Iva Kovacic, Lars Oberwinter, Christoph Müller

Vienna University of Technology, Vienna, Austria


One of the consequences of increasing complexity of planning and construction process is a large number of disciplines participating in planning process, all of whom use wide spectrum of specialised visualisation, simulation or calculation tools. With the maturing of BIM tools and their increasing presence on the market, the hope for possibility of maximisation of process-integration through joining all of the different building-representation models in one single joint model came up.  The planning practice reality however demonstrated a number of upcoming problems with BIM implementation on technical- (heterogonous data, interfaces, large data volumes) but even more so on process-level (question of responsibilities and work-load distribution, lacking standards or conventions on building-representation).  The optimal data management, transfer and synchronisation within very inhomogeneous software context, such as employed within construction projects, require enormous organization, coordination and communication effort in the earliest design-phases. The BIM implementation implies therefore on necessity of fundamental rethinking of the traditional design process; for which the knowledge is still largely lacking.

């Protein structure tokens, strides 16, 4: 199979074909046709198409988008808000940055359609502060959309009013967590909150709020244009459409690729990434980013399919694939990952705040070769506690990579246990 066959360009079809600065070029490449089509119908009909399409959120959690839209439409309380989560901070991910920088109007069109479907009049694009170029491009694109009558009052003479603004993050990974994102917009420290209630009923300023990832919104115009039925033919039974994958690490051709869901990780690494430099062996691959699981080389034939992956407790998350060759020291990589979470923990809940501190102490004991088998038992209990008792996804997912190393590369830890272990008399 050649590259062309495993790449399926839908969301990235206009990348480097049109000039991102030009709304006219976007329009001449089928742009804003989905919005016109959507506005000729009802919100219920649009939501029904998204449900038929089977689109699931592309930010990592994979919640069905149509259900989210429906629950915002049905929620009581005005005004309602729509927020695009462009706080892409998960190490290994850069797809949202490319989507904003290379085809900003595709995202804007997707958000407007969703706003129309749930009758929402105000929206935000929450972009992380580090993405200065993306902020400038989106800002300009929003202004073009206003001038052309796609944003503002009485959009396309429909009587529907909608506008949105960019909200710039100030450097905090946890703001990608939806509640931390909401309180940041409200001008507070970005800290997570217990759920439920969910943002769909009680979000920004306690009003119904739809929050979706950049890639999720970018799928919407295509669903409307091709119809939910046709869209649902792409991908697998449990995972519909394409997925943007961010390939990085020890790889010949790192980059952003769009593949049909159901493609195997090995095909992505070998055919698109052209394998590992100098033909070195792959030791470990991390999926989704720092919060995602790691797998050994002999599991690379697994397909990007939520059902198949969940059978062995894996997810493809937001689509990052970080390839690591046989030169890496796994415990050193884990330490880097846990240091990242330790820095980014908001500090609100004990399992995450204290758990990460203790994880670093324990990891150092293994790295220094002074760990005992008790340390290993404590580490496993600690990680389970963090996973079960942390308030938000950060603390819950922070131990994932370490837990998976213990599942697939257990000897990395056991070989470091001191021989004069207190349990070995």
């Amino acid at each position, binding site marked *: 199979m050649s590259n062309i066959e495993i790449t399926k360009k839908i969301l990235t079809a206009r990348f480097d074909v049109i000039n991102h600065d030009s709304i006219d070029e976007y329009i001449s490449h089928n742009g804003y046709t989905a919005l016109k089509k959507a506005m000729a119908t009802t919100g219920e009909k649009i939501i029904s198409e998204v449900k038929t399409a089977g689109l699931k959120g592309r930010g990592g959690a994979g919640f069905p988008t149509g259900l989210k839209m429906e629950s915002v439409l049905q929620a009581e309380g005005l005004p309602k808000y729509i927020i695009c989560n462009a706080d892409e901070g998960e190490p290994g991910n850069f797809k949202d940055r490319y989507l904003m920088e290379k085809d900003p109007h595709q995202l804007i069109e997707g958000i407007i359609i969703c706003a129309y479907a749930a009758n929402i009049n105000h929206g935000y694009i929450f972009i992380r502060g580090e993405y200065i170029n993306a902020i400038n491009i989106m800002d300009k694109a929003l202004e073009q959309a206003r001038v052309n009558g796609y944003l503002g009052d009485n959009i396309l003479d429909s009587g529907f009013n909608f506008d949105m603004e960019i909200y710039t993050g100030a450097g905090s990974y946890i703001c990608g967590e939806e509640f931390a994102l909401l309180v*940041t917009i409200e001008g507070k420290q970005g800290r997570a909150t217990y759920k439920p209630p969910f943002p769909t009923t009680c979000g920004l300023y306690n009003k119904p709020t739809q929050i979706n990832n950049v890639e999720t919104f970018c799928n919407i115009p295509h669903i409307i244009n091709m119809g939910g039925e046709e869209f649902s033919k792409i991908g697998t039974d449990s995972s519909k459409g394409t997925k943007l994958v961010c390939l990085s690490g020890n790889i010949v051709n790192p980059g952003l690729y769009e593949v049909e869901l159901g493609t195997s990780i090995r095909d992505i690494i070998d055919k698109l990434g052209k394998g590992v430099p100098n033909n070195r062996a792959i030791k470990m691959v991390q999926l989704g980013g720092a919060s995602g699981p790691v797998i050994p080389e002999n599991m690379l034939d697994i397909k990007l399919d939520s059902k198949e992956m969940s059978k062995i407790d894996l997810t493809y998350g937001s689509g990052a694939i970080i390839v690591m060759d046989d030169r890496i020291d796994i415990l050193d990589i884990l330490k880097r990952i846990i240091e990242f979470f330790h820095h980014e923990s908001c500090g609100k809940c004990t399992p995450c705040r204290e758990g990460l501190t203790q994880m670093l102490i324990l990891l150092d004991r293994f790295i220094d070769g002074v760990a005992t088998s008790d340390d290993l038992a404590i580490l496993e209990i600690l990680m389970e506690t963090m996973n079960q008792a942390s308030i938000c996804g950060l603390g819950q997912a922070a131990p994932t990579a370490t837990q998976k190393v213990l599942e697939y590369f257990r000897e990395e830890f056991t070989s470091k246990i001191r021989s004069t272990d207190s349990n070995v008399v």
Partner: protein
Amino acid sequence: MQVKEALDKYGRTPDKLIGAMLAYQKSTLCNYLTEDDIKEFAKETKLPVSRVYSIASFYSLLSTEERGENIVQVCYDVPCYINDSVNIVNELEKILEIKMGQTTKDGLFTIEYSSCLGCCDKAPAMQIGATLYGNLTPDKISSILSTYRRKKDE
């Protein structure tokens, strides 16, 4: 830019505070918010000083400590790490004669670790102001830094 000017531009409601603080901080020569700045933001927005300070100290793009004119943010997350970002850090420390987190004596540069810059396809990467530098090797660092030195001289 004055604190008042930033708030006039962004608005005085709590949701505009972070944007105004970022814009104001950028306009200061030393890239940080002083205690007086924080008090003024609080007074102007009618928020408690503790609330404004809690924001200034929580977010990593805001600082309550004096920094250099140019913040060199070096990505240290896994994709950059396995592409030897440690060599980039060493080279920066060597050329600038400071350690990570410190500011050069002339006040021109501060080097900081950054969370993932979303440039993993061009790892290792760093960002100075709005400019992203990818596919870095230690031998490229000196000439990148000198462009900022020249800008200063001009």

In this paper we will present the first results of the exploratory research carried out at the Vienna University of Technology. We simulated a BIM-supported multi-disciplinary planning process with students of architecture, structural engineering and building physics, using several BIM-software tools. First insights on process-quality, such as team-, process- and technology satisfaction, as well as conflict- and stress levels will be presented. We were able to identify numerous technical problems related to the data transfer and inconsistencies in translation, which resulted in participant dissatisfaction and significant increasing of work-loads.  

The first results imply on the importance of traditional process-design techniques such as face-to face communication, coordination and work-load allocation between the team-members in order to conduct efficient BIM-supported process; as well as on urgent need for advancement of the tools in terms of data transfer- and exchange. In the next step, using mandatory protocols and timesheets, a detailed statistical analysis of the people-process-technology issues will be conducted, as well as comparison of "Open-Platform-BIM" to "One-Platform-BIM” model.

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